Soderberg does well with giving us Stockholm, its seasons, geography, byways, roadways and folkways. And his plot isn't bad once it starts ticking. But this may be the slowest mystery/thriller I have ever struggled through. The first 300 pages of this near 450 page book are taken up with dry narrative, and an extremely large cast of international characters, all, of course, with names difficult for English-speaking people. Nor is a chart of characters in front of the book much help, not when you consider that few people, not even me, and I'm retired, can read 300 pages at a sitting. Every time I returned to reading this book - and I would much rather not have returned to reading this book--I had to reorient myself with all these characters. Never did get them all straight. And needless to say, not a single onstage murder/corpse in these first 300 pages. When I am known among my friends for demanding a corpse or two in the first 10-15 pages of any mystery if I'm going to continue contentedly reading it.
At page 300, 2/3 through the book, the plot does suddenly take off, and becomes exciting, even. It delivers quite a few corpses, double-crosses, and enough blood and gore to satisfy most bloodthirsty fans of Scandinavian mysteries, if they are willing to read through 300 dull pages to get to the action. Personally, I've been a fan of Scandinavian mysteries since the old Per Wahloo/Maj Sjowall The Laughing Policeman days, and I've never had to read through 300 pages to get to the fun.
on April 15, 2013
This book has it all: gangsters, good cops, bad cops, good cops that are really bad cops, killers, international intrigue, drugs, Swedish introspection, extreme violence, and in the middle of all of it, a beautiful widowed nurse and her adolescent son just trying to get by. There's a lot here and you do need to pay close attention to keep all the names and plot lines straight, but if you do you'll be rewarded with a fast-paced crime novel that reads like a script for a Swedish Tarantino flick.
The story was pretty believable, but the plot was fairly complicated and, even though the individual chapters sped along, made the book seem a bit longer than necessary. It's a promising start, though, for Alexander Soderberg and I look forward to the continuation of his trilogy.
This is a book that I enjoyed well enough while reading it, but not something I'll give much thought to now that I'm done, and it's unlikely I'd want to read it again. It's an international thriller, set mostly in Sweden and it involves two warring underworld crime rings and a seemingly innocent woman who becomes a focal point in their battles for control of pockets of the underworld. There are smooth operators, a cop who loses control of himself, other cops who will use any vicious means necessary to reach their goals in their sting operations, lots of suspense, some brutality, romantic/sexual subplots . . . Each time I read from the book I enjoyed it ok, but I can't say that when I wasn't reading it, I thirsted to take in the next chunk. Some of the characters seem believable enough, but none of them really came full to life for me. I didn't really care much about any of them. The plot elements kept me somewhat interested, but not too deeply. I think this story could be turned into an interesting thriller film, and won't be surprised if it gets made into one. As a book, I would say it's good but not great.
I reckon that there'll be countless comparisons to THE GIRL WITH A DRAGON TATOO and its sequels, and that's kinda unfortunate. Soderbergh keeps the plot debeloping at a steadier pace without getting involved in the backstory. The characters are thoroughly unlikeable and yet you'll be cheering for one side at times. The pace culminates with a body strewn finale that will remind you of the last time you watched Hamlet. All in all, Soderbergh is a welcome addition to the stable of Nordic authors. Read it and enjoy. Four stars because it does go over the top at the end.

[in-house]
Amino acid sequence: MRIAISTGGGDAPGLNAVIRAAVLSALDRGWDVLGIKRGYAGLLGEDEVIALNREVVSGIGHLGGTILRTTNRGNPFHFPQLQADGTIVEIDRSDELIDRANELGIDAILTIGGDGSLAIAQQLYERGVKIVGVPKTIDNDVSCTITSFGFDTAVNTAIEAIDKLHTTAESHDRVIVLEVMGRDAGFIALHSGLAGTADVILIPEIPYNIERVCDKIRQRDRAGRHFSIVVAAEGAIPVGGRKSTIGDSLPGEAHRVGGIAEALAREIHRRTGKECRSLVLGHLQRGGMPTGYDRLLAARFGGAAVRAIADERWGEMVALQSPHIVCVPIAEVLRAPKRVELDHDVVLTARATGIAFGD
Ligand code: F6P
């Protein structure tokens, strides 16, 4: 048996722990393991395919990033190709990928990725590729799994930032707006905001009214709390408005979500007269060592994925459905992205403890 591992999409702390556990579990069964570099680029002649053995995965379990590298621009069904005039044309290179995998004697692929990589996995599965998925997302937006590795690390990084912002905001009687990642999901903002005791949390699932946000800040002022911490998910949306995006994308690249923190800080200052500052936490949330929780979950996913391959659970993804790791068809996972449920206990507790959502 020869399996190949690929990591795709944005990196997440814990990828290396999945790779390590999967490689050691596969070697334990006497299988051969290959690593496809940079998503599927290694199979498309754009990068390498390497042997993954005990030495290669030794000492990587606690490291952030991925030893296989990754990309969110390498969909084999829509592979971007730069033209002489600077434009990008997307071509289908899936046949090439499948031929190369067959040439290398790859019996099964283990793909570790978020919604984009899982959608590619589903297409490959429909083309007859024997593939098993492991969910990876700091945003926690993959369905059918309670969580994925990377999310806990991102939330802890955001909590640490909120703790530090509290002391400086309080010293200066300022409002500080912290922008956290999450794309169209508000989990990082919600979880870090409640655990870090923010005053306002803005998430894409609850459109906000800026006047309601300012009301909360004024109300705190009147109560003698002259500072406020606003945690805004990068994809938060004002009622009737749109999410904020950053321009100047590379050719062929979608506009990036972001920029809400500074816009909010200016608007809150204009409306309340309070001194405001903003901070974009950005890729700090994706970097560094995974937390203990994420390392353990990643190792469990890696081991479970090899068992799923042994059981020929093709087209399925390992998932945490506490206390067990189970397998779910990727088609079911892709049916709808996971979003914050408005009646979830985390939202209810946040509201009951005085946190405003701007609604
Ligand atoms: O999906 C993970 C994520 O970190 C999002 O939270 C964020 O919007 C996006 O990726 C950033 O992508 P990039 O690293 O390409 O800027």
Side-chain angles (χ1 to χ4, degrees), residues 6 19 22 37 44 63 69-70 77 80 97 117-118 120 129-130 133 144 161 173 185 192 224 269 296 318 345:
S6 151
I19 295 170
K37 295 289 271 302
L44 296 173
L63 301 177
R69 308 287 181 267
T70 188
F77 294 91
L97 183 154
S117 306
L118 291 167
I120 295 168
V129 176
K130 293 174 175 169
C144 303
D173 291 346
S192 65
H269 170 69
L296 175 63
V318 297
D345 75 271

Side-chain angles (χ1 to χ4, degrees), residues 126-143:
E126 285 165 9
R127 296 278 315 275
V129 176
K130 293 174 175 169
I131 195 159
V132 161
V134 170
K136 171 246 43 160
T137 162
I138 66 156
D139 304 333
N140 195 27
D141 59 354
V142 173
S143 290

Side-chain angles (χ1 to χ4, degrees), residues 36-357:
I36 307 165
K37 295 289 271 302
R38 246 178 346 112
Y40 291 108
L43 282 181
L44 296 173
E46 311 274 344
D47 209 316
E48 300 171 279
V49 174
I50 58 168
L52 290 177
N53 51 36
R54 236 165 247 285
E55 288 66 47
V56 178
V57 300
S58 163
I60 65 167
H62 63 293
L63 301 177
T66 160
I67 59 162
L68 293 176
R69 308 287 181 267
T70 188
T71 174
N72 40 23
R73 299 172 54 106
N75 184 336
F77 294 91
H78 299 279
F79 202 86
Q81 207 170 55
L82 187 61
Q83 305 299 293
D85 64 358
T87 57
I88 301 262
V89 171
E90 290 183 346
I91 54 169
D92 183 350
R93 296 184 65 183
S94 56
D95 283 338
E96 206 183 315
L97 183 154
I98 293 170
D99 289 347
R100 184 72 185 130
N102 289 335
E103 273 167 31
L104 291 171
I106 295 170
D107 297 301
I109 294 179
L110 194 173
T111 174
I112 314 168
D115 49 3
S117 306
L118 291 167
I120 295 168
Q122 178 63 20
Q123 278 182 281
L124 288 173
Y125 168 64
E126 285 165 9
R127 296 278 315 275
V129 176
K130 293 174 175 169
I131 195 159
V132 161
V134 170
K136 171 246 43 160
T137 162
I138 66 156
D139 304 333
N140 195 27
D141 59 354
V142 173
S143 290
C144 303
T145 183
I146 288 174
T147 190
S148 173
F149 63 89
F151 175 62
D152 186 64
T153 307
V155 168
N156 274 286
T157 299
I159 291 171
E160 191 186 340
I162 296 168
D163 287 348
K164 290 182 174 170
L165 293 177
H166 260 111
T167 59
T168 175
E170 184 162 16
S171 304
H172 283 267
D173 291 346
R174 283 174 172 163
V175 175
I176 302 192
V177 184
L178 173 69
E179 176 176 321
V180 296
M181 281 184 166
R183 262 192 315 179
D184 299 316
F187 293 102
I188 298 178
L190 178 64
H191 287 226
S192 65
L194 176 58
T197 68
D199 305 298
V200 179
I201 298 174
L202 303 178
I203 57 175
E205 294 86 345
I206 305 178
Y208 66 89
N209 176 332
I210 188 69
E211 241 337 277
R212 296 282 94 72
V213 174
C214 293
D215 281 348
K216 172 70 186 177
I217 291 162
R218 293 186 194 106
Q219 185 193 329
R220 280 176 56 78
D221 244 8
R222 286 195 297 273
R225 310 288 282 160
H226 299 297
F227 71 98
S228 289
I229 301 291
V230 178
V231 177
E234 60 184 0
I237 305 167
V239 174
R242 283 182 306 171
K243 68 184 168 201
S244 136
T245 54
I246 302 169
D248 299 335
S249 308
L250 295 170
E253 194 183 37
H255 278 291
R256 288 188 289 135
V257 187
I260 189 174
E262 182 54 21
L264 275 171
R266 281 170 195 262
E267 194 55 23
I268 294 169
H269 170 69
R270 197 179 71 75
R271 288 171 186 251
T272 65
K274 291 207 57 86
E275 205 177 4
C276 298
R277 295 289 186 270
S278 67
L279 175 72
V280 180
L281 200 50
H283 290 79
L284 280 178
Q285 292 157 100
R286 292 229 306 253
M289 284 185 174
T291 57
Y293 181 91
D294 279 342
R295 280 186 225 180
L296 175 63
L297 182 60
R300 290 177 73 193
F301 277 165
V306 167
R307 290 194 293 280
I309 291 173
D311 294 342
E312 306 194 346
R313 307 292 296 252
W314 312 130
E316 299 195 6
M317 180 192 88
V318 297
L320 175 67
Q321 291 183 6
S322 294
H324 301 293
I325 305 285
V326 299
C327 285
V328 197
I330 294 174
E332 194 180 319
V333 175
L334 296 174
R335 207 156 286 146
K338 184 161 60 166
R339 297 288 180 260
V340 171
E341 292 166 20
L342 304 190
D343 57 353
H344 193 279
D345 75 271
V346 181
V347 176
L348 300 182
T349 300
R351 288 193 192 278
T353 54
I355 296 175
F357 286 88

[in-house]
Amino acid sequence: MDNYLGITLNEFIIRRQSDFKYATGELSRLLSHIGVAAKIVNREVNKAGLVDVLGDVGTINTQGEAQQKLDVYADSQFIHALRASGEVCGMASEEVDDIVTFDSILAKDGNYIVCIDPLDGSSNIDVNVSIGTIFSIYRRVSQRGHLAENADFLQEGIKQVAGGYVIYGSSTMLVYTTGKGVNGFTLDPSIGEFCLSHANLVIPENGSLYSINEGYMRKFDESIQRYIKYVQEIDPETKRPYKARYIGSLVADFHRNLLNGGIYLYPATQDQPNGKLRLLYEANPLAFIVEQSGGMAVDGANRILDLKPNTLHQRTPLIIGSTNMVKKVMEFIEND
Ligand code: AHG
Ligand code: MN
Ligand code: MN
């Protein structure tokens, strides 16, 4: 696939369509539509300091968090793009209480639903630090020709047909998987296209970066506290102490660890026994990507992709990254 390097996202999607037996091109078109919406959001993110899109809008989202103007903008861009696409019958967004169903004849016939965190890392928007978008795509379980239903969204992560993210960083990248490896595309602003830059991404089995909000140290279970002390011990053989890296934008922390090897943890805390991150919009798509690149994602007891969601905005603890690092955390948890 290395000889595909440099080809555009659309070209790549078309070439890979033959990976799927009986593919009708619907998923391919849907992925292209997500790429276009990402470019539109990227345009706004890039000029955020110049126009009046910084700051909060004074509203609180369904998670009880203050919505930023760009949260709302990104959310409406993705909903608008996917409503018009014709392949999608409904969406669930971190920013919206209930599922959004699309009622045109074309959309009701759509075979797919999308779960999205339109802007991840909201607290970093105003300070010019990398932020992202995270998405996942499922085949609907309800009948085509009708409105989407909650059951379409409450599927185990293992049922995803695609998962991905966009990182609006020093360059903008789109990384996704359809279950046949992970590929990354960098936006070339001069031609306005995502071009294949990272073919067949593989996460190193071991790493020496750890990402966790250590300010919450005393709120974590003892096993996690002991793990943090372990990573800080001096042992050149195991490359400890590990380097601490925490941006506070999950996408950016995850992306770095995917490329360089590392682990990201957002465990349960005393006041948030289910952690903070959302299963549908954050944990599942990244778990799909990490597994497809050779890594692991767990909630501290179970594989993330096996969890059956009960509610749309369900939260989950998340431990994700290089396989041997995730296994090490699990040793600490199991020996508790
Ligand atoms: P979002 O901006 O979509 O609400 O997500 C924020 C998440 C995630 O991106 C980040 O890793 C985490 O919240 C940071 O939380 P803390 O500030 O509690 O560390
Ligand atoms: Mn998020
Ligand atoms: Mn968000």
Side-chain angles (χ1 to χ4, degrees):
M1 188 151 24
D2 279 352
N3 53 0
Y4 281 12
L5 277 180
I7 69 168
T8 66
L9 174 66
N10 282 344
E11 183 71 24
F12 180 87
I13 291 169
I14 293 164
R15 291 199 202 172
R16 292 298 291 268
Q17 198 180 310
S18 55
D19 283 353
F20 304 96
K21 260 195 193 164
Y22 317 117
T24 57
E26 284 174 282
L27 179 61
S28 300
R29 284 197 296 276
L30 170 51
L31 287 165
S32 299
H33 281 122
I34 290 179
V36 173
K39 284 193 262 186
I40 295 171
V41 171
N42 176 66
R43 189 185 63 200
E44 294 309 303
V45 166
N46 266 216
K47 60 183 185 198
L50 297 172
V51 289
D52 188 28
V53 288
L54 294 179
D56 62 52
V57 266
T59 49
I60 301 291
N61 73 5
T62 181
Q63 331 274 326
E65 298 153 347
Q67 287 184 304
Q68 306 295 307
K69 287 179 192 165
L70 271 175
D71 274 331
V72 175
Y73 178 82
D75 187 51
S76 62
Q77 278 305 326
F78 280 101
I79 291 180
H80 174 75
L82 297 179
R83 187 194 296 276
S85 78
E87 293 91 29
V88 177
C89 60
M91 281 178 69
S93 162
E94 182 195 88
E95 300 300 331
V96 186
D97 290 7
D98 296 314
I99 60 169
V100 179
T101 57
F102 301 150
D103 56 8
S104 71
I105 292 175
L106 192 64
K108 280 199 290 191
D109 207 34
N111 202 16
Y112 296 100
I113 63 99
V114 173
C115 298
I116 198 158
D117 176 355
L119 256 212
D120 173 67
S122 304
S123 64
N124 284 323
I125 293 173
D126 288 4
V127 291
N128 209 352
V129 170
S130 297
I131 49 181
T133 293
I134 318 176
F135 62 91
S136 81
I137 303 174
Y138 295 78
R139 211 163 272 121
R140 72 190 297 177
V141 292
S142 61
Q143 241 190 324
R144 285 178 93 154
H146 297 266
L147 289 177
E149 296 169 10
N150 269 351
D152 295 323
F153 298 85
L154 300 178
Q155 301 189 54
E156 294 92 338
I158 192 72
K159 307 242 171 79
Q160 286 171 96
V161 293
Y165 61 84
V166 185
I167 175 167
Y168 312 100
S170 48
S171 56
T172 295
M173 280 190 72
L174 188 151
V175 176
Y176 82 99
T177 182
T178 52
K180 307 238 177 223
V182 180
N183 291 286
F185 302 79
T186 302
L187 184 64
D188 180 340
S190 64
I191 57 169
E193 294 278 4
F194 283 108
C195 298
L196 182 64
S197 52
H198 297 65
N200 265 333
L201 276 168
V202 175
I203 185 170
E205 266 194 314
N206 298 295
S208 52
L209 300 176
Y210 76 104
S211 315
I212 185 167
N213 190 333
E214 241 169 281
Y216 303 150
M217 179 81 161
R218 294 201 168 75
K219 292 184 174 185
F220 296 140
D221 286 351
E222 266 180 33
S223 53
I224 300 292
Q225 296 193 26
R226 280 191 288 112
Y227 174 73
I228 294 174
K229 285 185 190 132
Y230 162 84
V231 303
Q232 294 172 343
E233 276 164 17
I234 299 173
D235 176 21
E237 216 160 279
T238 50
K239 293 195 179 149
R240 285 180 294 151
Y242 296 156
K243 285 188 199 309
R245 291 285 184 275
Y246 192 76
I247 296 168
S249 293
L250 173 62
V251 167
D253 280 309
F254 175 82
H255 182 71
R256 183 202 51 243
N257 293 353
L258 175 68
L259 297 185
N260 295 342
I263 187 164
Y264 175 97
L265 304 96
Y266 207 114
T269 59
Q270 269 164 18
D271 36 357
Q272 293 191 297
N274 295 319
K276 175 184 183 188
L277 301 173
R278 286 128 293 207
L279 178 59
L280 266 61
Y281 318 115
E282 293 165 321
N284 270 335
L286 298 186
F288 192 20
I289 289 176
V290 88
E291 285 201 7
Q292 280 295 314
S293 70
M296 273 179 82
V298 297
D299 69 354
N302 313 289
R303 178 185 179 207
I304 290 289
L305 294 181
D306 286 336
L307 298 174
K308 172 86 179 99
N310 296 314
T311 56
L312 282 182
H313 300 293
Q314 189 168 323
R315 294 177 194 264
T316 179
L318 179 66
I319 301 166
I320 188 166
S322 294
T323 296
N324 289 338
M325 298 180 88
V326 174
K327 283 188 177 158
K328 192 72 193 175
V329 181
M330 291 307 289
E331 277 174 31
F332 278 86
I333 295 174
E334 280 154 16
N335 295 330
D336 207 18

Jens Vall is an arms dealer in Stockholm. While trying to deliver a shipment of weapons, he's thrust into the middle of a turf war between two organizations of drug dealers. One is headed by Ralph Hanke and the other by Hector Guzman. While Hector is in hospitalized, he forms a bond with a nurse, Sophie Brinkmann, and invites her on a date. Gunilla Strandberg, who runs a unit of misfit police officers, notable only for their loyalty to her, is after Hector and wants to use Sophie to spy on him. The police use threats and blackmail to make Sophie and others cooperate with their investigation. In fact, it's difficult to find a difference between the police and the criminals. If anything, the police are more brutal. Readers who are looking for a clear distinction between the good guys and the bad guys should give this novel a pass.
In addition to the crime family showdown and the arms delivery gone wrong, the plot of The Andalucian Friend features a blackmail scheme involving a midlevel manager at Ericsson. The plot never crosses the line from complex to confusing, but with so many characters entering and leaving the story, concentration is required to keep it all straight. Sophie remains the novel's focus, a strong, relatively innocent widow trapped in a nightmare.
The plot is interesting but the characters make the story worth reading. They are authentic, filled with contradictions, nagging doubts and hidden emotions. Sophie comes from a background of family discord. (As you might expect in a Scandanavian novel, the family members view Sophie's sister, Jane, with suspicion because she's happy.) Sophie is transformed by her experiences with Hector and the police but, at the same time, remains grounded in her relationship with her son. Gunilla is ambitious, ruthless, and as much a criminal as the thugs she pursues. Hector, on the other hand, is capable of gentleness and sensitivity, at least in his interaction with Sophie. One of the officers Gunilla recruits, Lars Vinge, a man with some serious pharmaceutical issues, is unhappy with the limited role Gunilla has given him and decides to do something about it. If there's anyone in the novel worth cheering for other than Sophie, it's Lars, despite his problems, which include an unhealthy obsession with Sophie. Unlike the other police officers, Lars has a conscience. His motives are never purely altruistic, but he's not evil, as are the novel's most thuggish characters.